If you want to see how this works in practice, probably the best way is to read what people have written about taking mulligans. That's really the only decision you can make after evaluating the strength of a hand: is this hand strong enough to keep, or is it weak enough that I'd expect an average hand with one less card to be better?
I know you've said you don't just care about mulligans, but this is really the only kind of real-world resource to point you at, and this is definitely a question where you'll benefit from looking at real examples. When you ask "how does one evaluate the 'strength' of a hand?" as a broader question, the answer in practice is "you don't." All you care about is mulliganing. If it's an obvious mulligan, you don't waste any time deciding precisely how bad, you just shuffle it back. If it's an obvious keep, you might be a little excited if it's really good, but you're not going to try to pin it down. The potential range of power is more like awful to reasonably good, not weak to incredibly strong. Generally, the best possible hand just means you have decent odds and you'll get to play a "real" game.
The Level One series has several articles about mulligans, trying to give some generally helpful advice. If you haven't played a lot of Magic, you might want to read some of the rest too, since that background will help give you the context you need to understand what you're really looking for when you draw your seven cards.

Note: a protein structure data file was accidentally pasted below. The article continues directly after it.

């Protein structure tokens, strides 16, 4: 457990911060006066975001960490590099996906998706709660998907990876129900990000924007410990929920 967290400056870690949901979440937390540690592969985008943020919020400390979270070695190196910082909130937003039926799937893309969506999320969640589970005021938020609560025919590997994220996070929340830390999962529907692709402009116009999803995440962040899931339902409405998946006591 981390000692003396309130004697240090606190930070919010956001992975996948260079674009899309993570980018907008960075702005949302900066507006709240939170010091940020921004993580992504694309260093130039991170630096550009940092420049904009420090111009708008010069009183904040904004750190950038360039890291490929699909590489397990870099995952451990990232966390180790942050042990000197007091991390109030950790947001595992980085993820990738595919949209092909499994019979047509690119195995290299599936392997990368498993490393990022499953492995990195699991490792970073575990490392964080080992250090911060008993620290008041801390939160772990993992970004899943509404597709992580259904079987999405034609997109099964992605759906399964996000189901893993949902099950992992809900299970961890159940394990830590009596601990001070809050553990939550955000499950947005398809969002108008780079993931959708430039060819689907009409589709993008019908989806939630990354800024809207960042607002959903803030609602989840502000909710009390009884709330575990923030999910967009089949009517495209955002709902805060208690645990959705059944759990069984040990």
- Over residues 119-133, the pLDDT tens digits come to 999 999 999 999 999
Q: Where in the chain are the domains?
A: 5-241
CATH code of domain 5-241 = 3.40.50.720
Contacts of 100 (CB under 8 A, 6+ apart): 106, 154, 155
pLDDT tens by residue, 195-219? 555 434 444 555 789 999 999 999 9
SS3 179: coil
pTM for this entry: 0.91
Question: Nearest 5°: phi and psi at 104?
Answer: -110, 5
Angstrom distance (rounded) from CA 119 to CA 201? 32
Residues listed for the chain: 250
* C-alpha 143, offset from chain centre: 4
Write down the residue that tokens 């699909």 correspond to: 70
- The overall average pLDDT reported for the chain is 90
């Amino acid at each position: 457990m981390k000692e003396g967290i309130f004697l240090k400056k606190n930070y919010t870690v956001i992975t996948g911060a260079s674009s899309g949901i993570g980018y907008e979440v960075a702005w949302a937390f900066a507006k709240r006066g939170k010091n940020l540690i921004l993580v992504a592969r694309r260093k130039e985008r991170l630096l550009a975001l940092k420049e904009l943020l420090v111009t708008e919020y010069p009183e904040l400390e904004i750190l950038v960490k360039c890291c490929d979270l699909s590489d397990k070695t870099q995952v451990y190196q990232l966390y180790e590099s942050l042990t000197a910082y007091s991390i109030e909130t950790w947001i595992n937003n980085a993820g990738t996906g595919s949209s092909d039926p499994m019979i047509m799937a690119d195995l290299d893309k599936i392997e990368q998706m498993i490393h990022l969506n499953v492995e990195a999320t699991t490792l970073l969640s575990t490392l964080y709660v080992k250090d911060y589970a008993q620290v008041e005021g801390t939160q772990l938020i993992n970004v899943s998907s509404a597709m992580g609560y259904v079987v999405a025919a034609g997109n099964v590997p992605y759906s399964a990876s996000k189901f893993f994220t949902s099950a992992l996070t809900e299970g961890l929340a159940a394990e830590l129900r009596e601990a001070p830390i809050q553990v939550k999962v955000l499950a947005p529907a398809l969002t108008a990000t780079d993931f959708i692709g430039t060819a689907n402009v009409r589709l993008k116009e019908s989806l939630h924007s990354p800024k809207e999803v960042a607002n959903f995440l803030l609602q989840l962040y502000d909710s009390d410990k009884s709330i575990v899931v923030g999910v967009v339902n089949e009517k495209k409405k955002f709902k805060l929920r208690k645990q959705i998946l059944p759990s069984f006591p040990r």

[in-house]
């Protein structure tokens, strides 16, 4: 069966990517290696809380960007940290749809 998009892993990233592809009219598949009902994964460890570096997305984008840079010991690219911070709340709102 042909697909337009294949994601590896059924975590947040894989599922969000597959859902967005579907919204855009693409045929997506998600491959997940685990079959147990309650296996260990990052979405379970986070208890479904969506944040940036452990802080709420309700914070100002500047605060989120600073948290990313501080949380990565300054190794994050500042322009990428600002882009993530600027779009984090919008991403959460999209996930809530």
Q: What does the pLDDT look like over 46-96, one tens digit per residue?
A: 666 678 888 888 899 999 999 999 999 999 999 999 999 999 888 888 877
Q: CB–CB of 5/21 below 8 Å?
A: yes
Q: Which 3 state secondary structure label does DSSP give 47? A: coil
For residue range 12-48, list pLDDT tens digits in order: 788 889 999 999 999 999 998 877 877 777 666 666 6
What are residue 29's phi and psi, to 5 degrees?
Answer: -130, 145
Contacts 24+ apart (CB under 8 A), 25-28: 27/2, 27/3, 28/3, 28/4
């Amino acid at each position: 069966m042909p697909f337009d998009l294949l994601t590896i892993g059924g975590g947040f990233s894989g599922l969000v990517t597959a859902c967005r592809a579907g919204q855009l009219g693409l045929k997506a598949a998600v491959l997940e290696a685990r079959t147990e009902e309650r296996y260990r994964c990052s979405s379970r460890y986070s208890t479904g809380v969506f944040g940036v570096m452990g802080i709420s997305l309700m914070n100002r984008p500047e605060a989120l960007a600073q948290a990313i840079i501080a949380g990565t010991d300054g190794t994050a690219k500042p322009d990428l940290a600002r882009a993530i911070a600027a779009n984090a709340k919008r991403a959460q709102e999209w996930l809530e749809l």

There's also the Keep or Mulligan articles on Channel Fireball, which are all about looking at specific hands for specific decks. That might be a little less meaningful if you don't grok the decks, but it'll give you an idea of the kinds of things people consider.
So this is clearly a pretty complex thing; people are writing whole articles not just about hand strength in general but about specific hands for specific decks! Let's come back to your comparison to bridge, and see why it's so different. For several reasons, Magic isn't as easy to generalize about as bridge:
In bridge, your opening hand is all the cards you'll have for the whole game. In Magic, your opening hand is just the first seven cards - even in a very fast game you'll see at least a few more, but you can easily see another seven, or in longer games, another twenty or thirty. So you have to think about your hand in the context of average subsequent draws. You're far from perfect information, and there's an element of chance.
In bridge, every hand is drawn from the same deck of cards, so you can analyze all hands in the same way. In Magic, every deck is different, so the main considerations for one deck in evaluating hands may be completely different from those in another deck.